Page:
Tangling With Tyrants by Tony Deblauwe

About the Author:

During his career in Human Resources, Tony has worked through many complex people and business challenges to yield lasting results for customers. His interest in high-tech and how technology impacts people has given him insight into what it takes for people to succeed in a virtual economy.

Tony grew up in an eclectic family just a few blocks from Apple headquarters in Cupertino, California. The son of Belgian immigrants, his father is a former college professor of art, language and history. His mother is an entrepreneur having worked in haute couture fashion design. Tony's exposure to several world perspectives fuel his cultural awareness and understanding.

Tony believes in collaboration of perspectives and ideas to yield successful results. He applies his expertise in human resources, organization development, and coaching to provide solutions that strengthen ways of working and achieve beneficial outcomes.

For more information visit: http://www.tanglingwithtyrants.com/

About the Book:

Do you dread going to work because of your boss? Quitting is not always an option and feeling like a victim of a bad boss only robs you of productivity, job satisfaction, and power. Career strategist and workplace expert Tony Deblauwe has spent years coaching weary employees how to be more effective with difficult bosses, and he has compiled his experiences into this indispensable guide.

Tangling with Tyrants®: Managing the Balance of Power at Work offers practical techniques that show you how to build a communication process that will turn things around to help you build successful outcomes. You’ll get guidance on addressing direct and indirect bad boss behaviors, developing the right approach, and achieving mutually beneficial outcomes. By applying the techniques in this book, you will be equipped with the right tools to handle your boss and create the results you want.

I was lucky enough to get the author to agree to answer some questions. This is what he had to say:

Could you please tell us a little about your book?

Tangling with Tyrants deals with a subject that many people struggle with—how to work and communicate effectively when reporting to a bad boss. The bad boss, or “Tyrant” as I define it, is a mix of characteristics both direct (e.g. bullying, demeaning, micro-managing) as well as indirect (e.g. incompetent, absent, passive-aggressive).

The book acts as a guide to show people how to effect change in the relationship working under a Tyrant boss profile. The goal is to build a sustainable approach that reduces conflict, improves ways of working and builds mutually beneficial outcomes.

Did something specific happen to prompt you to write this book?

I reported to a bad boss early in my career. It was tough because it was my first real job in my field of expertise (Human Resources). The first meeting with my boss was over in five minutes. He told me he didn’t care for HR people telling him what to do and that his people and more importantly, his boss, knew he was an excellent manager.

I was shocked and upset over this meeting for a long time. I didn’t know what to do, and I wondered whether I had chosen the right career. I learned from the experience and over time developed methods that I honed coaching others in similar circumstances.

Several clients and peers suggested I put my experiences and techniques handling difficult bosses into a book and Tangling with Tyrants was born.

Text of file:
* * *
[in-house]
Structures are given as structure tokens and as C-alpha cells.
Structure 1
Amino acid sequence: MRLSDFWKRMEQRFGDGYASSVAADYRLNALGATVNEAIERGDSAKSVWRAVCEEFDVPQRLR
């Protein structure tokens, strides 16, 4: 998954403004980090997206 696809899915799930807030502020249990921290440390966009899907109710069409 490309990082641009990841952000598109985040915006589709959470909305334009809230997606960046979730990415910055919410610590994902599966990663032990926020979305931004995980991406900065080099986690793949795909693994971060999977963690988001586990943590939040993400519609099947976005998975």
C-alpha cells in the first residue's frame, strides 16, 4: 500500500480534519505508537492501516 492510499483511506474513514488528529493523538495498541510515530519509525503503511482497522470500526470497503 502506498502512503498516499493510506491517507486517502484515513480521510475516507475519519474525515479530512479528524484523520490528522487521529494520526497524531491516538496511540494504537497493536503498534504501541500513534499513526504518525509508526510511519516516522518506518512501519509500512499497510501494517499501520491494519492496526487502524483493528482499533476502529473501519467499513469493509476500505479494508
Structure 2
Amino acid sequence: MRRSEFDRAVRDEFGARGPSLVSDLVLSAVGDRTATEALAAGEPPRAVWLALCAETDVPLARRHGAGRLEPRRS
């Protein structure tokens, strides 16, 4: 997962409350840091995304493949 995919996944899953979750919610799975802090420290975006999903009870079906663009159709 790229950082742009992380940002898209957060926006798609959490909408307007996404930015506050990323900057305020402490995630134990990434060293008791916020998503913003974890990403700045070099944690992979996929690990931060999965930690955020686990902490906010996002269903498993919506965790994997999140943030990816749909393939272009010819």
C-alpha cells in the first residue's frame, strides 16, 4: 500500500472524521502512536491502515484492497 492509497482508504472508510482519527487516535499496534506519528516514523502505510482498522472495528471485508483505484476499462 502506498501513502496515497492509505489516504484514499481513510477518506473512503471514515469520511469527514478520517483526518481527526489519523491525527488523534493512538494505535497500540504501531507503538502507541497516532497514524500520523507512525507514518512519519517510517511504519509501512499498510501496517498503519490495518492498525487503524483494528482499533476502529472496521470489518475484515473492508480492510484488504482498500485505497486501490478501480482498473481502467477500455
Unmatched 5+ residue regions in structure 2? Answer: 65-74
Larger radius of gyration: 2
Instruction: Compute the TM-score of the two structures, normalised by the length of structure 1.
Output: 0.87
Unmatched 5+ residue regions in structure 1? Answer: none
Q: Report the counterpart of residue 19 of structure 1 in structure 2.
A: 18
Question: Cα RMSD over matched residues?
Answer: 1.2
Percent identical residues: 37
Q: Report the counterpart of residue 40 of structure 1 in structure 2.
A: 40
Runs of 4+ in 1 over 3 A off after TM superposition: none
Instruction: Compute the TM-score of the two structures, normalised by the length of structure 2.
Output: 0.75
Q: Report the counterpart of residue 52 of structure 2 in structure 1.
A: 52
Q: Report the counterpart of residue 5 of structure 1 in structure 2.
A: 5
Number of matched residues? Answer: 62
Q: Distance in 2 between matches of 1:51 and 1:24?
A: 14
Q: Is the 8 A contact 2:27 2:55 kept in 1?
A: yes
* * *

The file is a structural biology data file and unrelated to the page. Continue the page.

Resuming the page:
What is the most important lesson you have learned from life so far?

I think the most important lesson I have learned is the power of collaborating with others. When you take the time to listen to people’s experiences, thoughts, and interests, you quickly learn how similar we all are. Most people have a drive to pursue ideas, foster positive change in their world, and connect with others on a genuine and authentic level.

I have enjoyed countless opportunities to collaborate with others on things I needed help with as well as be someone who helped others with their dreams. These opportunities have taught me so much about people and have influenced my thinking and approach towards how I live and work.

Who is/are your biggest supporter(s)?

My family and peer group always provide the support I need. When writing Tangling with Tyrants I had many moments where I felt the idea was fading or uninteresting. When I had these moments, my parents quickly reminded me of the many endeavors I started as a kid and had success with—like learning to play tennis. They would reassure me and help me get back on track with the book.

My peers would ask questions and suggest ideas about the book. They were eager to see me succeed and they valued my desire to create something meaningful that could help others.

Do you have any advice for writers?

For writers—remember that as clear as you are about your subject, you can always get clearer. Passion about your subject is one thing, but if the concept is vague, people might miss your message.

I had several people review my book. People in HR and consulting, managers, and employees spanning different industries and jobs reviewed my manuscript. This helped make sure I was appealing to a broad audience and providing material that people felt was useful. Combined with my stories and voice, people could connect with me and my guidance.

Is there anything else you would like to share with us?

Even though there were challenges, I really enjoyed the book writing process. It gave me an opportunity to create material based on my expertise in the field and experience coaching others. For anyone who wonders if you have a book in you—you do—regardless of the subject matter. Take the time to zero in on your message and the story will come naturally.

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